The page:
392 U.S. at 16, 88 S. Ct. at 1877.

Additionally, "a police officer may in appropriate circumstances and in an appropriate manner approach a person for purposes of investigating possible criminal behavior even though there is no probable cause to make an arrest." Terry v. Ohio, 392 U.S. at 22, 88 S. Ct. at 1880. Thus, "under Terry v. Ohio ... police can constitutionally stop and briefly detain a person for investigative purposes if the police have a reasonable suspicion, supported by articulable facts, that criminal activity exists, even if probable cause is lacking under the fourth amendment." State v. Staten, 238 Neb. 13, 18, 469 N.W.2d 112, 116 (1991). Accord State v. Twohig, 238 Neb. 92, 469 N.W.2d 344 (1991). However, Terry involved a police officer's firsthand observations of suspected criminal activity, whereas Thomas' case involves officers who saw no singularly suspicious activity before they halted Thomas' car, but stopped the car on the basis of a factual account from an informant and, further, based on the officers' experience in investigating drug activity and offenses.

The U.S. Supreme Court has addressed the question whether and under what circumstances an informant's tip can justifiably provide a police officer with knowledge about "specific and articulable facts which, taken together with reasonable inferences drawn from those facts," Terry v. Ohio, 392 U.S. at 21, 88 S. Ct. at 1880, furnish a basis for the limited intrusion embodied in an investigatory stop. In Adams v. Williams, 407 U.S. 143, 92 S. Ct. 1921, 32 L. Ed. 2d 612 (1972), a police officer on patrol duty learned from a reliable informant that Williams, seated in a nearby parked automobile, was carrying narcotics and a weapon. In light of that information, the officer went to Williams' car and asked him to open the car's door. Williams responded instead by rolling down the car's window, at which point the police officer reached to where the informant had said the weapon would be and withdrew the gun. The officer arrested Williams for unlawful possession of a firearm. As the result of the arrest, a search revealed heroin on Williams' person and in his car. In Adams, the Court concluded that the evidence found on Williams and in his car was constitutionally admissible, and said:

In Terry this Court recognized that "a police officer may in appropriate circumstances and in an appropriate manner approach a person for purposes of investigating possibly criminal behavior even though there is no probable cause to make an arrest." ... The Fourth Amendment does not require a policeman who lacks the precise level of information necessary for probable cause to arrest to simply shrug his shoulders and allow a crime to occur or a criminal to escape. On the contrary, Terry recognizes that it may be the essence of good police work to adopt an intermediate response.... A brief stop of a suspicious individual, in order to determine his identity or to maintain the status quo momentarily while obtaining more information, may be most reasonable in light of *535 the facts known to the officer at the time.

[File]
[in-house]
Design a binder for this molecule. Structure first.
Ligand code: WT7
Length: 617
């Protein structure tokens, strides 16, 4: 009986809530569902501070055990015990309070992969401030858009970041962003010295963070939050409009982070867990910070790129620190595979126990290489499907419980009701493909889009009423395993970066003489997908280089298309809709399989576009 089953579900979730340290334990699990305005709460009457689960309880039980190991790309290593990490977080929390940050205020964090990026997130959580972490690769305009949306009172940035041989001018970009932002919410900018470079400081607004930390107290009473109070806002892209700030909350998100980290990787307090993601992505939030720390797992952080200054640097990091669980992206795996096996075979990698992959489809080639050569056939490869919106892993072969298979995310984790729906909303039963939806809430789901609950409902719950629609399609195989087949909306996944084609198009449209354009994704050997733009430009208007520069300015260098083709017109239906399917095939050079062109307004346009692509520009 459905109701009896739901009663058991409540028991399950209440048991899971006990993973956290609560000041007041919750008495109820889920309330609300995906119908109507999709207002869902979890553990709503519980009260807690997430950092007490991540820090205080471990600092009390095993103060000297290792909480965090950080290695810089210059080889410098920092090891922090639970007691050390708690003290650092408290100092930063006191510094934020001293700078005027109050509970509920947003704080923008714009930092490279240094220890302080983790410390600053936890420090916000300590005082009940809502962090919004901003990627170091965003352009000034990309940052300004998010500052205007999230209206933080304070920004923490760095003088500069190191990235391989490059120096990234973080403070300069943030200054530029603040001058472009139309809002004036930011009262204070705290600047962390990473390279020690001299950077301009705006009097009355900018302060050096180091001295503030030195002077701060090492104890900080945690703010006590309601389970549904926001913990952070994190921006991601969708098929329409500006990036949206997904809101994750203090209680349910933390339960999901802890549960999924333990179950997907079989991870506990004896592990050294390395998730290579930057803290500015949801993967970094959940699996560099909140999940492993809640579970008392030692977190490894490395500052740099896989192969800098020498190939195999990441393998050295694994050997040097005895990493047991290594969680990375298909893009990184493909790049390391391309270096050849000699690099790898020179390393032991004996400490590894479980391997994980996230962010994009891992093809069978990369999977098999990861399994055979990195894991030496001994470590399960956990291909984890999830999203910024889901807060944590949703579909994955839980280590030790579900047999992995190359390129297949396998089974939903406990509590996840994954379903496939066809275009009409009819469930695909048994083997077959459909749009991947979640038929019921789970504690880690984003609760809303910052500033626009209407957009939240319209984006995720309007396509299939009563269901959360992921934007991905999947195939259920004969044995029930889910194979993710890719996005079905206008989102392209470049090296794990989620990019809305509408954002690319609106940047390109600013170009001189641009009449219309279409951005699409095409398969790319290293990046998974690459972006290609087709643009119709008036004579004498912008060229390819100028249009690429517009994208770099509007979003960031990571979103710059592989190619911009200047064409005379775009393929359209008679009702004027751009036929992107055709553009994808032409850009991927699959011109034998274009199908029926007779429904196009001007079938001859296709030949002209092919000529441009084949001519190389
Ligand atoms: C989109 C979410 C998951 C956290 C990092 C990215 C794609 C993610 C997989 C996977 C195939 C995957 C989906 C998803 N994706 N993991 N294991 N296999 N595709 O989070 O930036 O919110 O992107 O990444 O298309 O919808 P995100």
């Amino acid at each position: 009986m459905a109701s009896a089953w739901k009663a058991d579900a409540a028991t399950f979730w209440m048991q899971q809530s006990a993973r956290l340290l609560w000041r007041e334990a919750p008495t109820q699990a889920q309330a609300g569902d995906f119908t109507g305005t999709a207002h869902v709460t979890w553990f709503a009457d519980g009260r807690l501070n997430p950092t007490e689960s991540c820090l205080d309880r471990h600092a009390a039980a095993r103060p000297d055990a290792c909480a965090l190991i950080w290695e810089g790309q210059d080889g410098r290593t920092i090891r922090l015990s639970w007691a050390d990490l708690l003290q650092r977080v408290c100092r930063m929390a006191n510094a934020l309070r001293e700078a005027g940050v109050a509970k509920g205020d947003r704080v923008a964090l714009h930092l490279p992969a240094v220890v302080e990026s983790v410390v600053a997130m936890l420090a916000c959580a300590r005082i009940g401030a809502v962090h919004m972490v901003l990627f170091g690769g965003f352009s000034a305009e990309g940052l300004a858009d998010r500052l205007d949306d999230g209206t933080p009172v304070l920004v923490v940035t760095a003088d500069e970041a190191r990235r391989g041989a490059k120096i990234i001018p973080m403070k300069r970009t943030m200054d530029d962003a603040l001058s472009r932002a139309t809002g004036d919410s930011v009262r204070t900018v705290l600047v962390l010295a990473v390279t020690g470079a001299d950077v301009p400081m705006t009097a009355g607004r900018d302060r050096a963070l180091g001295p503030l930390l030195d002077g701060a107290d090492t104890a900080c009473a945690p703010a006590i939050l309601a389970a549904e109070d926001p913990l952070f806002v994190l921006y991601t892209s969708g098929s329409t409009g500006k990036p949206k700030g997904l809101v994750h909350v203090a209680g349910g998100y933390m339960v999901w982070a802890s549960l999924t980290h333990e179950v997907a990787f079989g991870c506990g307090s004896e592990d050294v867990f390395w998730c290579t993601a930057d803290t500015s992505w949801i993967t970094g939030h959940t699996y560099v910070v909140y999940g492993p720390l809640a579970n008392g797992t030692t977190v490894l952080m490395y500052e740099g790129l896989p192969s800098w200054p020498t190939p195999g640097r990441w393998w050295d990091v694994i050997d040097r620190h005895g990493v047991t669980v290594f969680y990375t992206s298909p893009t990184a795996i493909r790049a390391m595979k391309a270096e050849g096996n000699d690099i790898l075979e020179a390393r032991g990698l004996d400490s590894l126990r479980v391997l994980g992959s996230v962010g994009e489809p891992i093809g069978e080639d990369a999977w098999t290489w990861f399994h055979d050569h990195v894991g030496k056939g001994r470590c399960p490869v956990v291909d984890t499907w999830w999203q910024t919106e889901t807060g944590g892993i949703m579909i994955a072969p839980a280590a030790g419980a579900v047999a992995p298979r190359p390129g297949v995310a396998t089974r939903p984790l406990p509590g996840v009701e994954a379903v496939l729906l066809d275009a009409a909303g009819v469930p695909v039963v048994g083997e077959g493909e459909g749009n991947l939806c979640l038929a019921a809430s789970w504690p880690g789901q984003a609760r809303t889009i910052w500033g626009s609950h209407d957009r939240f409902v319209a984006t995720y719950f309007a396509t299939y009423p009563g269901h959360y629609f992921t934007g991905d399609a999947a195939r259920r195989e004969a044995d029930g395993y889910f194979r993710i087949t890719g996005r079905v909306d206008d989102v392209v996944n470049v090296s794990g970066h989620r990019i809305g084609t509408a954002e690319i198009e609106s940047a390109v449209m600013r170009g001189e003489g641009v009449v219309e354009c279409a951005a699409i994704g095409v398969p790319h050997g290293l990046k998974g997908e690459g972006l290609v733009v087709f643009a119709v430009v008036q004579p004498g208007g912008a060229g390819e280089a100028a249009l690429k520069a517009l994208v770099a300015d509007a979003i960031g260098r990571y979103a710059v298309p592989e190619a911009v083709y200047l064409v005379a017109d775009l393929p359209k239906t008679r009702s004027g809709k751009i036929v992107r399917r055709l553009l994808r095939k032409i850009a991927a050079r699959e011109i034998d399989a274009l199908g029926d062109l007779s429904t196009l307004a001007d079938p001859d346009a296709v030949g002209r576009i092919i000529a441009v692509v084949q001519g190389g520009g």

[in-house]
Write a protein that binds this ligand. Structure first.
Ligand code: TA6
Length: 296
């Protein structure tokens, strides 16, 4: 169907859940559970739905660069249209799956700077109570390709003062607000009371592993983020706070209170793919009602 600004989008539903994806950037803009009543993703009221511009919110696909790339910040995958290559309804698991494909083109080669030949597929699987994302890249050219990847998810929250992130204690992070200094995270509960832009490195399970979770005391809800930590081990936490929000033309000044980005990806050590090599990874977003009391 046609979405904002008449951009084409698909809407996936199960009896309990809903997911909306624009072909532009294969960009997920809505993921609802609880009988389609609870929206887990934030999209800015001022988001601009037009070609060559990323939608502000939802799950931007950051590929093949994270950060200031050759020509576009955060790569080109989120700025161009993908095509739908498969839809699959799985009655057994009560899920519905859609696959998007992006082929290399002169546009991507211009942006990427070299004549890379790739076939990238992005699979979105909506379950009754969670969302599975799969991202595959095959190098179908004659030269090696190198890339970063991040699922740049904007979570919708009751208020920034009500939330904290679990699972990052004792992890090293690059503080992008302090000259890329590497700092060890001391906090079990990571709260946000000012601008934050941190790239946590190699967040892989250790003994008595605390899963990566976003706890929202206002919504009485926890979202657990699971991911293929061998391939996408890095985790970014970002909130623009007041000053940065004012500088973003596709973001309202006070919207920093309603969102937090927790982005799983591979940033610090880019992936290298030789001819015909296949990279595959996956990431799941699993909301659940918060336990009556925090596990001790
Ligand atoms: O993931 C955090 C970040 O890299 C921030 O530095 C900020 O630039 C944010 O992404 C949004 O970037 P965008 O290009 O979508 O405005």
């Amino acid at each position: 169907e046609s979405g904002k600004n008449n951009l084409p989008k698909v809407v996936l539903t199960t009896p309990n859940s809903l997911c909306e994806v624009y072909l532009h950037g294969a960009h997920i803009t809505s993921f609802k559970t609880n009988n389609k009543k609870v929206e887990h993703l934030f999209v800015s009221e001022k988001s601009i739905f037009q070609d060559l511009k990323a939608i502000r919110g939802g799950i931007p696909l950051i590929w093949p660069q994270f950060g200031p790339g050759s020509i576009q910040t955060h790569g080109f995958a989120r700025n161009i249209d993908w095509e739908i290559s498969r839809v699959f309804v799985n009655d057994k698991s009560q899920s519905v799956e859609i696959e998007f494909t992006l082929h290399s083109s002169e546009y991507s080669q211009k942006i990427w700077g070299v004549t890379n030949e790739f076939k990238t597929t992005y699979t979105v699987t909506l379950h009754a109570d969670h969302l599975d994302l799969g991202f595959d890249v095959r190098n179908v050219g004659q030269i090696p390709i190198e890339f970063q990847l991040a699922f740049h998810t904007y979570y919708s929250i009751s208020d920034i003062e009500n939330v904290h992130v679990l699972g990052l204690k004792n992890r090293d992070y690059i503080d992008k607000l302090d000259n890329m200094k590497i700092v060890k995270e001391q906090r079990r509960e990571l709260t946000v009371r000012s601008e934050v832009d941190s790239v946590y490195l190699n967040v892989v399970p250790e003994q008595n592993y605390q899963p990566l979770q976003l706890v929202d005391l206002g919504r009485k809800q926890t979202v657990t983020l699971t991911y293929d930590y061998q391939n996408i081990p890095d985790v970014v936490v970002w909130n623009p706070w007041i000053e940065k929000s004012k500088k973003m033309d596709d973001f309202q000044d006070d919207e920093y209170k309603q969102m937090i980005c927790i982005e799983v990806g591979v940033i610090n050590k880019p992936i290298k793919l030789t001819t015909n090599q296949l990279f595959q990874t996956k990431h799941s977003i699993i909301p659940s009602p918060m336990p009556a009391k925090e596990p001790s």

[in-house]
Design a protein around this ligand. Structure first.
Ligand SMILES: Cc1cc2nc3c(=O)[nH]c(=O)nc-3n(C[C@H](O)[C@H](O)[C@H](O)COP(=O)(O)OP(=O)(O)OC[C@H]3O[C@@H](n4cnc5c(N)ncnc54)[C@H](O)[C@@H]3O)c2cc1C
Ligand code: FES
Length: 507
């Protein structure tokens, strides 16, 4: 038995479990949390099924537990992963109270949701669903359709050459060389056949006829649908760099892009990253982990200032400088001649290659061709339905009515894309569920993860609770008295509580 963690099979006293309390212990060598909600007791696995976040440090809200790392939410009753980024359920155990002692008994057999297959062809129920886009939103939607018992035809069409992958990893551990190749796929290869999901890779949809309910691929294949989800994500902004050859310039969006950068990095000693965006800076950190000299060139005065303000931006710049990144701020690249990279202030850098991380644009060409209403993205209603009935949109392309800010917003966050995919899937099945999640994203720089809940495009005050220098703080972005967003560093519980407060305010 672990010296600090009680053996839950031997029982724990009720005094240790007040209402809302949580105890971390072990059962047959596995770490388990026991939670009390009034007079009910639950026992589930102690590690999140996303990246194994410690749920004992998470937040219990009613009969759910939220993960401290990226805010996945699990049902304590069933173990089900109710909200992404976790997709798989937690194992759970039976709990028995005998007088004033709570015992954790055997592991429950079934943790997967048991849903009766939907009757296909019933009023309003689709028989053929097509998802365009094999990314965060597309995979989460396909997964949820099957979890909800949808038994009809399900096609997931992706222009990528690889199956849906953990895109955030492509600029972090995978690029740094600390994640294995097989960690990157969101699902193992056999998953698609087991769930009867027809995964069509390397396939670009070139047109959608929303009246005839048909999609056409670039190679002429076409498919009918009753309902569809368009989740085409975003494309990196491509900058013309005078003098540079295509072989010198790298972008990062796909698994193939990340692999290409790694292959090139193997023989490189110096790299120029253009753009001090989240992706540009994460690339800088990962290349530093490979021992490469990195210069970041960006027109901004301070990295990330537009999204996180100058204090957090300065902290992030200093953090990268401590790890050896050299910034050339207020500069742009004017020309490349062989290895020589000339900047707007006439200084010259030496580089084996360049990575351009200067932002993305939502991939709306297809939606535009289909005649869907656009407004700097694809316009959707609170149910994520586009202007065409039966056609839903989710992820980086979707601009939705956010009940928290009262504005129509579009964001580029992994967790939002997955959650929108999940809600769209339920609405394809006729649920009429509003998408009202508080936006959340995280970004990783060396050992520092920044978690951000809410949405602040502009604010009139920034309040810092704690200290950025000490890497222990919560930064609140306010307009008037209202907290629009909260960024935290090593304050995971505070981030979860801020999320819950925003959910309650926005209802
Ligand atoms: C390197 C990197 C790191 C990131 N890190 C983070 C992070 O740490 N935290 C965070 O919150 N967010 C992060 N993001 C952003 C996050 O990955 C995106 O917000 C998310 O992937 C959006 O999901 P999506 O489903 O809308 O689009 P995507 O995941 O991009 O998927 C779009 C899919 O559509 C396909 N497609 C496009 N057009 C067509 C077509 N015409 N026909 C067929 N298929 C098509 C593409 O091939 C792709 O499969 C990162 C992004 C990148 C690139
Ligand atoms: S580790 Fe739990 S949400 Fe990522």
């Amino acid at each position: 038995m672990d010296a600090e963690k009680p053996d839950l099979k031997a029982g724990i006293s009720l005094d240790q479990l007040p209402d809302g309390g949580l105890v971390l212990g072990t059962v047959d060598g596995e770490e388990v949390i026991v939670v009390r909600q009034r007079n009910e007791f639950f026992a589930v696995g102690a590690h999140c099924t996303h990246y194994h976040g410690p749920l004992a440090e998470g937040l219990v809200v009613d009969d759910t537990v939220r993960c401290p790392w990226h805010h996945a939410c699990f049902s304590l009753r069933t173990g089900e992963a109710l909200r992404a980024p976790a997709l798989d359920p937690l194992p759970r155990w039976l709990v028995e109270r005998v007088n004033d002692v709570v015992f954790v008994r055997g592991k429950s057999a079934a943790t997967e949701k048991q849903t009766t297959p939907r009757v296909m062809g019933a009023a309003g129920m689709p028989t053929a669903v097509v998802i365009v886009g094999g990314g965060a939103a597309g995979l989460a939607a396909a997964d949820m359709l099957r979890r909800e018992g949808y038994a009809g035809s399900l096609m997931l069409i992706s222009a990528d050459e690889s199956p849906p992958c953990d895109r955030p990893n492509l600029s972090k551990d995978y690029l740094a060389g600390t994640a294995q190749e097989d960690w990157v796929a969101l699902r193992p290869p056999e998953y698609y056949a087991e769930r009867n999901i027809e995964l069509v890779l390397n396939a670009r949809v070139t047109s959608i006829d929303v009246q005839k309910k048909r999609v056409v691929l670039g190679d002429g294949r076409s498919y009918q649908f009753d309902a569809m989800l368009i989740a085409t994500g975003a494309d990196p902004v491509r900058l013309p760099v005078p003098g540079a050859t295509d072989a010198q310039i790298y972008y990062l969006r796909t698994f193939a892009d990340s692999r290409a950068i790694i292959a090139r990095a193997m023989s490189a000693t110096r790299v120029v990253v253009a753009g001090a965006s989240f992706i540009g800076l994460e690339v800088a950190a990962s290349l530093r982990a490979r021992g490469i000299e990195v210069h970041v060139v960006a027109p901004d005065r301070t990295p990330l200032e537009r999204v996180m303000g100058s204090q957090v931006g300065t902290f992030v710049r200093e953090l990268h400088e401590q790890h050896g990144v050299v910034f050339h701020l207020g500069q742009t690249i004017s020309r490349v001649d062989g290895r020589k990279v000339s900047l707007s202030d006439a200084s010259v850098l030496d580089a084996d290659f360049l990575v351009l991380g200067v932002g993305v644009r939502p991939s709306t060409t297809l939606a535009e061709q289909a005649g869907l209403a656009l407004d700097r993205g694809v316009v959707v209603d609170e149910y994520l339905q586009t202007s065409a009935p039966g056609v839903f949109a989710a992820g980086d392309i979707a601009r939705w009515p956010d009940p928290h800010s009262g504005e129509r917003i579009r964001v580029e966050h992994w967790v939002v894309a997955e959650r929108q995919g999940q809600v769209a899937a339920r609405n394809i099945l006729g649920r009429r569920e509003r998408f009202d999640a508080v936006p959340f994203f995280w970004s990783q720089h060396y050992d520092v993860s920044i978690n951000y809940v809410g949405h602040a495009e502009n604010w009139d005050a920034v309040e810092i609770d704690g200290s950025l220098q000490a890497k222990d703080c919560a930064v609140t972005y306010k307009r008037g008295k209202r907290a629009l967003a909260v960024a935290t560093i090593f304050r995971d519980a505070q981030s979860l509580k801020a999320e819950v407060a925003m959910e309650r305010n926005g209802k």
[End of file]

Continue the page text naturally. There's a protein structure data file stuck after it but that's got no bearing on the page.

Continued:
407 U.S. at 145-46, 92 S. Ct. at 1922-23.

The Adams Court continued: [W]e believe that [the officer] acted justifiably in responding to his informant's tip. The informant was known to him personally and had provided him with information in the past. This is a stronger case than obtains in the case of an anonymous telephone tip. The informant here came forward personally to give information that was immediately verifiable at the scene.... Thus, while the Court's decisions indicate that this informant's unverified tip may have been insufficient for a narcotics arrest or search warrant [citations omitted], the information carried enough indicia of reliability to justify the officer's forcible stop of Williams. In reaching this conclusion, we reject respondent's argument that reasonable cause for a stop and frisk can only be based on the officer's personal observation, rather than on information supplied by another person. Informants' tips, like all other clues and evidence coming to a policeman on the scene, may vary greatly in their value and reliability.